|Pages/Publication Date:||358 / 2016|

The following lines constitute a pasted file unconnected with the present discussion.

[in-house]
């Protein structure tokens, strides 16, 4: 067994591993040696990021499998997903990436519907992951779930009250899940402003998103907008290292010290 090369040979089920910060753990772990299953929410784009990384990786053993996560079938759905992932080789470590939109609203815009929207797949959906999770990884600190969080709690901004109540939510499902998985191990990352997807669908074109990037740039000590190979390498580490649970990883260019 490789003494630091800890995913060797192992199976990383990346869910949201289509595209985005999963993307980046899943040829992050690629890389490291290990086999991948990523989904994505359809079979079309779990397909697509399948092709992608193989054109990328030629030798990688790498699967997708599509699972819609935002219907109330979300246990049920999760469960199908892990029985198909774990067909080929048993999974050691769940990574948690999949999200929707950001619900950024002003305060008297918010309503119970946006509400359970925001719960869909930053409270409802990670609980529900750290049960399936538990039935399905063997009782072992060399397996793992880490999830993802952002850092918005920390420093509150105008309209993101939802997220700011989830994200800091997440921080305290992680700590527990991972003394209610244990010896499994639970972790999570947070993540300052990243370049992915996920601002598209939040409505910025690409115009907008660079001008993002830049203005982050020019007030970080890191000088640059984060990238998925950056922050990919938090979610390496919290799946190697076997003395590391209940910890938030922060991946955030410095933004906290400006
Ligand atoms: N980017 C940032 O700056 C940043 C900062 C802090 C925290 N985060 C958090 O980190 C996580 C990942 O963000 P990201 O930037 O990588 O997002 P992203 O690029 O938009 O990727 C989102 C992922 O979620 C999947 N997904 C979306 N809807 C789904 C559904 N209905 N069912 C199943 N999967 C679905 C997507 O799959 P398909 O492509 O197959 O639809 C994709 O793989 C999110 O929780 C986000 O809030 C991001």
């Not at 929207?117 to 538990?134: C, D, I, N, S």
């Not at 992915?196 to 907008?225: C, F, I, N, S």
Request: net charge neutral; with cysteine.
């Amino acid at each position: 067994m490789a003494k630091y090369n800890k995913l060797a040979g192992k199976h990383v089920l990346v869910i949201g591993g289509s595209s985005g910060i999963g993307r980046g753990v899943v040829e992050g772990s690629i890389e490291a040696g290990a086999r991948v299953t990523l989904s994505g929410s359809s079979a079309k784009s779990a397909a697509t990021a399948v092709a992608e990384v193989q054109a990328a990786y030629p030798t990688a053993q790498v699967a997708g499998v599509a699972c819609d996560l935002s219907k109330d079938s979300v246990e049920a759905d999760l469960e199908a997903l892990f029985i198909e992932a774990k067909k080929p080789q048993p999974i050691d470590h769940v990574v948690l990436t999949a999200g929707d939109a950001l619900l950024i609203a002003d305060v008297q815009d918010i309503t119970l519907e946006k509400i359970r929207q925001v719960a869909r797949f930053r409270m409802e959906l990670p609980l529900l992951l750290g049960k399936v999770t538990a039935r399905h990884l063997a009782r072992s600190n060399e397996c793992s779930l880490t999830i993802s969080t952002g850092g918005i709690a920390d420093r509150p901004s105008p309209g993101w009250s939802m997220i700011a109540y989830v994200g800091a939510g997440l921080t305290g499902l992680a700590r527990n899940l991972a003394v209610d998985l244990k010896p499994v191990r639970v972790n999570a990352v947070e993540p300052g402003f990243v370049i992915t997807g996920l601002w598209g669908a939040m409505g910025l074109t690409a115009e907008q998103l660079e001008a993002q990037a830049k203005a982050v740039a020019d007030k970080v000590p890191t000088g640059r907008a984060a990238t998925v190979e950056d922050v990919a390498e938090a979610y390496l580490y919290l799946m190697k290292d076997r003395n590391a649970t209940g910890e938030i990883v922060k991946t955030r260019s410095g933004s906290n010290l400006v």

World War II reached into the homes and lives of ordinary people in an unprecedented way, with civilians accounting for the vast majority of those killed during the conflict. On Europe's home fronts, the fighting itself displaced millions of people, who then endured long occupations and the genocide of the Holocaust. From diaries, letters, and other first-person accounts, Peter Fritzsche distills a sweeping overview of how civilians struggled to understand this terrifying chaos, as they debated life-or-death questions. Was collaboration or resistance the wisest response to occupation? How far should solidarity and empathy extend? And where was God? Through the broken words of these witnesses and victims, Fritzsche probes what they saw and what they failed to see, offering a haunting perspective of the cataclysm.